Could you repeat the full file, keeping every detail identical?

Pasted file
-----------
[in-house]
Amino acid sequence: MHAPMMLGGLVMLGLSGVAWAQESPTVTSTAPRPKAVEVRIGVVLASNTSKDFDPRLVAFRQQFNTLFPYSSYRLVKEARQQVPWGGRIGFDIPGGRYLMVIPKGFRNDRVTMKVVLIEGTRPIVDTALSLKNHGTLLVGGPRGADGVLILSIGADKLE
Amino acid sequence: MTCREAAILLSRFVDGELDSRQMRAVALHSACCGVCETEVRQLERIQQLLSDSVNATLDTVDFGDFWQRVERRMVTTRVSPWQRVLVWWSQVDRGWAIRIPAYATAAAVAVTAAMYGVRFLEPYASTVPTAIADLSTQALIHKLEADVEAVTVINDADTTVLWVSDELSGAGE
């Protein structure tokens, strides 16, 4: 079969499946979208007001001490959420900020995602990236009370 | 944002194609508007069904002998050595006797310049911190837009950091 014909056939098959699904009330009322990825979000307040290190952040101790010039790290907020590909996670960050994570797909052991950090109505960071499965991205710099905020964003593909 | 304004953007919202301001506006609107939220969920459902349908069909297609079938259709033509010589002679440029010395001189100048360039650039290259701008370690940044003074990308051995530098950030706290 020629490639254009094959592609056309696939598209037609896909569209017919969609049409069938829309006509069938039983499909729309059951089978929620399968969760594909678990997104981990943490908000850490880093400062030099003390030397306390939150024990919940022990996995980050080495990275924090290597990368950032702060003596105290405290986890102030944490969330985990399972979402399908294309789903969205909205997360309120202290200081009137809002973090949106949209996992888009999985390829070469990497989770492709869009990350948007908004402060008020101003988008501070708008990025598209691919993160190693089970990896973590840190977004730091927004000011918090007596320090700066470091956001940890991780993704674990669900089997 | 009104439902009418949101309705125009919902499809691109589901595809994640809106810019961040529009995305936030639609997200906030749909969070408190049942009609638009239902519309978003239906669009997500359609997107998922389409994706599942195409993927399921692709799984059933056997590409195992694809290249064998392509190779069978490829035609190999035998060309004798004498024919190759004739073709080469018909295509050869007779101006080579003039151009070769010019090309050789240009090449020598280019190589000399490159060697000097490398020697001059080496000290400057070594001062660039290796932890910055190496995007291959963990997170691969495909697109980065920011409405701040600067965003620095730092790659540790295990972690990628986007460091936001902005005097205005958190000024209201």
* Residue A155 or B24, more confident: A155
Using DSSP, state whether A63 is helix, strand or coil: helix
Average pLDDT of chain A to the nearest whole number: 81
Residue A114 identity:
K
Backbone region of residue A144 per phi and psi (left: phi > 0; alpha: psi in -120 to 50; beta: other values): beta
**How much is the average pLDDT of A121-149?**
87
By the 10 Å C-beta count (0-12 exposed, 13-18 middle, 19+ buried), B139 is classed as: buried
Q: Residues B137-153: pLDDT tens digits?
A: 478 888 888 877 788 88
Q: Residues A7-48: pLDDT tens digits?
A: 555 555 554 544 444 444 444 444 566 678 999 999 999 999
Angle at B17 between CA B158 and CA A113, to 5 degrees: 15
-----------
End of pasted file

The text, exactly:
[in-house]
Amino acid sequence: MHAPMMLGGLVMLGLSGVAWAQESPTVTSTAPRPKAVEVRIGVVLASNTSKDFDPRLVAFRQQFNTLFPYSSYRLVKEARQQVPWGGRIGFDIPGGRYLMVIPKGFRNDRVTMKVVLIEGTRPIVDTALSLKNHGTLLVGGPRGADGVLILSIGADKLE
Amino acid sequence: MTCREAAILLSRFVDGELDSRQMRAVALHSACCGVCETEVRQLERIQQLLSDSVNATLDTVDFGDFWQRVERRMVTTRVSPWQRVLVWWSQVDRGWAIRIPAYATAAAVAVTAAMYGVRFLEPYASTVPTAIADLSTQALIHKLEADVEAVTVINDADTTVLWVSDELSGAGE
């Protein structure tokens, strides 16, 4: 079969499946979208007001001490959420900020995602990236009370 | 944002194609508007069904002998050595006797310049911190837009950091 014909056939098959699904009330009322990825979000307040290190952040101790010039790290907020590909996670960050994570797909052991950090109505960071499965991205710099905020964003593909 | 304004953007919202301001506006609107939220969920459902349908069909297609079938259709033509010589002679440029010395001189100048360039650039290259701008370690940044003074990308051995530098950030706290 020629490639254009094959592609056309696939598209037609896909569209017919969609049409069938829309006509069938039983499909729309059951089978929620399968969760594909678990997104981990943490908000850490880093400062030099003390030397306390939150024990919940022990996995980050080495990275924090290597990368950032702060003596105290405290986890102030944490969330985990399972979402399908294309789903969205909205997360309120202290200081009137809002973090949106949209996992888009999985390829070469990497989770492709869009990350948007908004402060008020101003988008501070708008990025598209691919993160190693089970990896973590840190977004730091927004000011918090007596320090700066470091956001940890991780993704674990669900089997 | 009104439902009418949101309705125009919902499809691109589901595809994640809106810019961040529009995305936030639609997200906030749909969070408190049942009609638009239902519309978003239906669009997500359609997107998922389409994706599942195409993927399921692709799984059933056997590409195992694809290249064998392509190779069978490829035609190999035998060309004798004498024919190759004739073709080469018909295509050869007779101006080579003039151009070769010019090309050789240009090449020598280019190589000399490159060697000097490398020697001059080496000290400057070594001062660039290796932890910055190496995007291959963990997170691969495909697109980065920011409405701040600067965003620095730092790659540790295990972690990628986007460091936001902005005097205005958190000024209201």
* Residue A155 or B24, more confident: A155
Using DSSP, state whether A63 is helix, strand or coil: helix
Average pLDDT of chain A to the nearest whole number: 81
Residue A114 identity:
K
Backbone region of residue A144 per phi and psi (left: phi > 0; alpha: psi in -120 to 50; beta: other values): beta
**How much is the average pLDDT of A121-149?**
87
By the 10 Å C-beta count (0-12 exposed, 13-18 middle, 19+ buried), B139 is classed as: buried
Q: Residues B137-153: pLDDT tens digits?
A: 478 888 888 877 788 88
Q: Residues A7-48: pLDDT tens digits?
A: 555 555 554 544 444 444 444 444 566 678 999 999 999 999
Angle at B17 between CA B158 and CA A113, to 5 degrees: 15